If you live in a metropolitan area, the BMW logo with the iconic blue and white is everywhere you look. BMW manufactures and sells hundreds of thousands of vehicles each year. Despite the ubiquity, you’ll probably get just as many answers if you ask those drivers what the badge on the back of their car really means. Here’s a deeper look at what one of the most iconic logos on the planet really means.

1917: First BMW Logo

BMW Logo 1917

The first iteration of the BMW logo, as we know it today, debuted on October 5th, 1917. BMW emerged from the firm Rapp Motorenwerke GmbH, borrowing the circular shape and black surrounding ring from its logo. The center of the logo—the blue and white part that remains recognizable today—comes from the Bavarian flag. The colors are inverted, as local trademarks forbid using state symbols and the like on commercial logos.

BMW Logo Propeller

Most of us have probably heard the rumor that the blue and white represents a plane propeller. While that is not the case – it is strictly an homage to the Bavarian flag – there is a story behind the misinterpretation. In November 1929, for the second edition of “BMW Flugmotoren-Nachrichten,” a promotional magazine by BMW, illustrator Henry Ehlers crafted a cover that depicted the BMW emblem set against the backdrop of a spinning airplane propeller. I hope that PR guy got a raise because nearly 100 years later, we’re still talking about it! BMW did little to discourage the myth – it was a great look for a company that makes airplane engines. They even ran similar ads throughout the next two decades.

1933: Second BMW Logo

BMW Logo 1933

The second iteration of the BMW logo emphasized the gold lettering and lines separating the outer ring from the center. The lines grew thicker and bolder, and the blue in the center got a bit darker. The typeface changed, too, giving the lettering a little bit more definition.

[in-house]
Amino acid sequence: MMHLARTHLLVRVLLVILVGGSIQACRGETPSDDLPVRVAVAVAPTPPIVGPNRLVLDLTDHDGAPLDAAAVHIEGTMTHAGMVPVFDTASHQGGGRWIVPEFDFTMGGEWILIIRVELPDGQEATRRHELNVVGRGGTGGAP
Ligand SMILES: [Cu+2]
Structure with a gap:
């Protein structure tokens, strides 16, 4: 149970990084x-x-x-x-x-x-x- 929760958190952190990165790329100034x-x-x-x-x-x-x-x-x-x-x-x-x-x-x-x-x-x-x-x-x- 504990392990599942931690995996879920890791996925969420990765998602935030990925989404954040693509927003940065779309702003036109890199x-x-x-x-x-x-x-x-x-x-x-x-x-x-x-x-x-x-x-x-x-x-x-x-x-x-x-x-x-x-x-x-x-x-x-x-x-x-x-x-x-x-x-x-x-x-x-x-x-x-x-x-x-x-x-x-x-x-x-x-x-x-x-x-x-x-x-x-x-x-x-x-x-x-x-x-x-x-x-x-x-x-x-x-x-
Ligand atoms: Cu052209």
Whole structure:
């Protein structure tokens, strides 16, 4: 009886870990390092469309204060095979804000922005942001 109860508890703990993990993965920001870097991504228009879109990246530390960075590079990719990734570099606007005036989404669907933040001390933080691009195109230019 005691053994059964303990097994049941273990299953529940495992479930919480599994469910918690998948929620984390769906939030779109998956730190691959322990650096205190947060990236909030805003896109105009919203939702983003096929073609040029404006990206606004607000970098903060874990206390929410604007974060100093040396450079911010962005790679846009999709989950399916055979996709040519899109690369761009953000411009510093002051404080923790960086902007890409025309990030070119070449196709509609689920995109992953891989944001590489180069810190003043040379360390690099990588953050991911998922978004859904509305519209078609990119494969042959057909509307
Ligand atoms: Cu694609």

While this is how the badge was introduced in 1933, it evolved constantly through the next two decades. Cars and motorcycles produced around this time in BMW’s history used a huge variety of different badges, and indeed, a badge from a 1940 328 will share very little with something from, say, a 1949 BMW motorcycle.

1953: Third BMW Logo

BMW Logo 1954

The new logo features an overall softer look than its predecessor. Gold leaves the logo entirely, replaced instead with silver and white details. A thin white line surrounds the logo, and lighter shades of blue are immediately noticeable. This logo represented a dedicated effort to streamline the brand’s image – likely a result of the tumultuous WWII years.

It makes sense, then, that this logo began to appear – with minor embellishments – throughout the lineup. While BMW wasn’t making many vehicles around this time – somewhere around 3,000 a year – the branding was at least consistent. You can find this logo on the little Isetta subcompact and the BMW 503.

1963: Fourth BMW Logo

BMW Logo 1963 1979